MADURAI: With the results of NEET for undergraduate medical courses having been announced on Monday, the report card of Tamil Nadu's performance showed a meagre 0.72% improvement in pass percentage of the State's candidates. The overall pass percentage of NEET candidates from the State stood at 39.56%, lagging behind states like Rajasthan, Bihar and Uttar Pradesh that recorded over 60%. Educationalists feel that the State government has much more to do to boost NEET results.
The National Eligibility cum Entrance Test (NEET) for undergraduate medical courses was held on May 6 this year. Starting this year, admission into undergraduate AYUSH courses namely Bachelor of Siddha Medicine and Surgery (BSMS), Bachelor of Ayurveda Medicine and Surgery (BAMS), Bachelor of Homeopathy Medicine and Surgery (BHMS), Bachelor of Naturopathy and Yogic Medicine (BNYS) and Bachelor of Unani Medicine and Surgery (BUMS) will be carried out on the basis of NEET scores besides MBBS and BDS courses.
The Central Board of Secondary Education (CBSE) declared the results weeks early this year whereas the results for the examination was announced on June 23 last year.
Last year, eight cities in the State were chosen to be the centres for the examination. Of the total 83,859 Tamil Nadu students who appeared for NEET last year, 32,570 of them were successful in clearing the examination, accounting for a pass percentage of 38.84%.
Meanwhile, this year, the number of cities were increased to ten. However, CBSE drew criticism from all quarters for not making adequate arrangements in creating sufficient number of centres within the State. This fiasco added to the agony of Tamil Nadu students, especially from southern districts as they had to bear the added burden of travelling to another state to take up the examination.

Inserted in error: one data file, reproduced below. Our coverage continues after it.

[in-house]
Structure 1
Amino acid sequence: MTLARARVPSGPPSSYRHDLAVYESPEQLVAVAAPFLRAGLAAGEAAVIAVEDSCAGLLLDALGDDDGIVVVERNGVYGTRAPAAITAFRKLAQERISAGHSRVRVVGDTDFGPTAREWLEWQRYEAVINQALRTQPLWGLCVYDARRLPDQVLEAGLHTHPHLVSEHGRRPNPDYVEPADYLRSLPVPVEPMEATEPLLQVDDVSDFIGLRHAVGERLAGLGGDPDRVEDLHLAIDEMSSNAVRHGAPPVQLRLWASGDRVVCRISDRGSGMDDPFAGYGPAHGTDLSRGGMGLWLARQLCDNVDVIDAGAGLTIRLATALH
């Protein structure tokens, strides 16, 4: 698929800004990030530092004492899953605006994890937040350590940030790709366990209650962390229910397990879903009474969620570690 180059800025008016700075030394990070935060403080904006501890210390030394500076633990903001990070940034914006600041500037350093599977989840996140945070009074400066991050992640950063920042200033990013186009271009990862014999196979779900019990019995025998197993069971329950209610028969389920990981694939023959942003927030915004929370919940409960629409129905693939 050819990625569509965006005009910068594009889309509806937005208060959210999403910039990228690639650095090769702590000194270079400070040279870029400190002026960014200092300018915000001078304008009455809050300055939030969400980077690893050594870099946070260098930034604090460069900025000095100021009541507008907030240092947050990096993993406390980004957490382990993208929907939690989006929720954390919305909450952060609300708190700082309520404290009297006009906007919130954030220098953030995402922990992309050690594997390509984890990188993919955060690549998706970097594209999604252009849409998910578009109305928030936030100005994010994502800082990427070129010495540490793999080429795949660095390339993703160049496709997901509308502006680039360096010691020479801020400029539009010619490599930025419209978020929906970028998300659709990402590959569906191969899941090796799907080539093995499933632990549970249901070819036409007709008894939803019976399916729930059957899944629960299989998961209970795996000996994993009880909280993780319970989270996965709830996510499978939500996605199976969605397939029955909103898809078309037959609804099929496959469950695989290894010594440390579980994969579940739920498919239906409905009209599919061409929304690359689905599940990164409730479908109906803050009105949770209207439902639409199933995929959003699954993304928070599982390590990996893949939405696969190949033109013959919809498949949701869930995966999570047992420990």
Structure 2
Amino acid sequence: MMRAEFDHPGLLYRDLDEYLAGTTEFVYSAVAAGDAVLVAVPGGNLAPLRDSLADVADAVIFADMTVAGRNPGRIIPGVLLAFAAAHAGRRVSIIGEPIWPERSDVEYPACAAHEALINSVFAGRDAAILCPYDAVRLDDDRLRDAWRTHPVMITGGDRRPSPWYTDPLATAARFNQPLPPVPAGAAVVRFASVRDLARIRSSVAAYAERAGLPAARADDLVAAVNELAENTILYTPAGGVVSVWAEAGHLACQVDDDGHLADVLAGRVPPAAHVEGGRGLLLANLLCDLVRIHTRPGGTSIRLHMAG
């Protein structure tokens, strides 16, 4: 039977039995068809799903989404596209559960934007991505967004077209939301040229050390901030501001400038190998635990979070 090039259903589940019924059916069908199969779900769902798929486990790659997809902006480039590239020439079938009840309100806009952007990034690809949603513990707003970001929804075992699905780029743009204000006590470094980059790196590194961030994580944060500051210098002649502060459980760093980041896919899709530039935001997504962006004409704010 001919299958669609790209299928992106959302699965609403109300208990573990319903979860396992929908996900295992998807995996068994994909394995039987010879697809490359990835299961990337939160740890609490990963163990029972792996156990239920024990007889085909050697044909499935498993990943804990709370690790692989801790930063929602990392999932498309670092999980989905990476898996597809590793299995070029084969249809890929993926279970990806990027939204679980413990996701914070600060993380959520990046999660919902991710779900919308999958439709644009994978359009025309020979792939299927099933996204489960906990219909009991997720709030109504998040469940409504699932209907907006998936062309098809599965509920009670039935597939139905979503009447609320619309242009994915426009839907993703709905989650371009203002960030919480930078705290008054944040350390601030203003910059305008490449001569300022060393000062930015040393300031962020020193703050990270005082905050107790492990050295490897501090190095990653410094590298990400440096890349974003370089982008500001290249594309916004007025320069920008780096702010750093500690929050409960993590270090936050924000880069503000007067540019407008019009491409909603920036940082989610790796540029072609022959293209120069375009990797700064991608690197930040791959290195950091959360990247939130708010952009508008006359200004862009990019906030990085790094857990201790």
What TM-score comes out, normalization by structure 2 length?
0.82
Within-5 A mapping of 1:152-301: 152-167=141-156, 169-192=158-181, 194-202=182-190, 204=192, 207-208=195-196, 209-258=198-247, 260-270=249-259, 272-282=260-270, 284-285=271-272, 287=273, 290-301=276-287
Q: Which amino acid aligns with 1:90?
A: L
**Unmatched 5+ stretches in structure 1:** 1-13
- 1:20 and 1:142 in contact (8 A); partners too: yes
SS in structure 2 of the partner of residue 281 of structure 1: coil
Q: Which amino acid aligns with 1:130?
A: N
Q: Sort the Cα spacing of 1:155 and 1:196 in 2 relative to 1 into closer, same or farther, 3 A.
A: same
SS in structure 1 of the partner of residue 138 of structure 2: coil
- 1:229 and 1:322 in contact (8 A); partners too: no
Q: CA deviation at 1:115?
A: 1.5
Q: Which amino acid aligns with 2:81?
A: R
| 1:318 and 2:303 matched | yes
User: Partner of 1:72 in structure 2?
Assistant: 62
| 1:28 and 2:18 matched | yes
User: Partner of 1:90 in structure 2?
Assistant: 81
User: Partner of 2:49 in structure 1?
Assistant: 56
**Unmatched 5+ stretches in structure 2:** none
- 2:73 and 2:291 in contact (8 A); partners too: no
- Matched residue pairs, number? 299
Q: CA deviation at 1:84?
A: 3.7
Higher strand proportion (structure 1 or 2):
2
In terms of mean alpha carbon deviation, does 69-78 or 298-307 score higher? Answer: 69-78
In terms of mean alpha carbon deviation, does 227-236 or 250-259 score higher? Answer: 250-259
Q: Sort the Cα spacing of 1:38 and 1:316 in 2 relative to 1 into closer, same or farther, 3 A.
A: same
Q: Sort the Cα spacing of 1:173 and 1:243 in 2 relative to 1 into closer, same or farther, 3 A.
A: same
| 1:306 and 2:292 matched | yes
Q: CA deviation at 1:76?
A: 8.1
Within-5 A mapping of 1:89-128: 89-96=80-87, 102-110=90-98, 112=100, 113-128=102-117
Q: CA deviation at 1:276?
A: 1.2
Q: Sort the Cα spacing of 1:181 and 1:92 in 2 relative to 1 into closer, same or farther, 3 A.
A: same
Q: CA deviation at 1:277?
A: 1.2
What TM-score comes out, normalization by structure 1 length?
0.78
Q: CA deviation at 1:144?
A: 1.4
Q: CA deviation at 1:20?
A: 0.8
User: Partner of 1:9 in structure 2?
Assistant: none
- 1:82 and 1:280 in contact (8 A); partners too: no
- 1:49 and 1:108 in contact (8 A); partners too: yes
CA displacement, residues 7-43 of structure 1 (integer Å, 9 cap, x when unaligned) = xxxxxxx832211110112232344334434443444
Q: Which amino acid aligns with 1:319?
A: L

Last year, the NEET candidates were left hanging by a thread till the eleventh hour due to the legal battles between the State and the Centre seeking an exemption. This year, although the State's stand on NEET remained the same, it took efforts to prepare the students to face the examination. At a time when private NEET coaching centres began to mushroom, making a windfall profit, the State stepped in by setting up state-run, free NEET coaching centres across Tamil Nadu.
Akin to the previous year, strict frisking was carried out on NEET candidates at the examination centres. On the day of examination on May 06, 112 students in Madurai and 195 students in Salem started the examination hours late since an exam centre received question papers in Hindi instead of Tamil and due to delayed arrival of the question papers to the centre respectively.
Showing a meagre improvement of 0.72% in the pass percentage, of the total 11,4602 students who appeared for the examination this year, 45,336 students from the State qualified to appear for medical counselling. This accounts for a pass percentage of 39.56%. This comes at a time when Rajasthan 74% and Andhra Pradesh recorded a pass percentage of 73%, Telangana 69%, Uttar Pradesh and Bihar 60% and Madhya Pradesh 51%.
Commenting on the results, D Neduchezian, an educationist said, "The percentage of students who registered to write NEET in Tamil this year was 1.86% while that in last year was 1.33%. However, a careful examination into the NEET results reveal a overall decline in the number of candidates who registered to take up the examination in their vernacular languages across the country. While 9.25% of the total NEET applicants opted to take the NEET in vernacular languages last year, the percentage dipped to 8.98% this year."
This indicates a gradual decline in the number of rural students aspiring to become a doctor in the near future, depriving them of their fair chance to do so, added he.
Educationist Jayaprakash Gandhi, on the other hand was optimistic about the performance of the students from the State. "It may sound 'a mere 0.72% improvement' but it means 13,000 more students will be joining the race to become medical practitioners this year. It is unfair to compare the performance of those from Rajasthan, Bihar, UP as several states have been training students for over a decade now. Whereas, our students have begun to face these kind of exams only now. This year, many students from State Board have fared well.
I see it as a remarkable increase, given the ordeal they had to face due to allotment of centres outside the State and due to the limitations of the old State Board syllabus that was no match for CBSE syllabus."
He, however, has suggestions for the State to improve on NEET coaching, to boost NEET results. "The State must take the help of professors of medical colleges who could train school teachers on NEET coaching for a period of three months. By this way, better NEET coaching by the State can be ensured," Jayaprakash Gandhi pointed.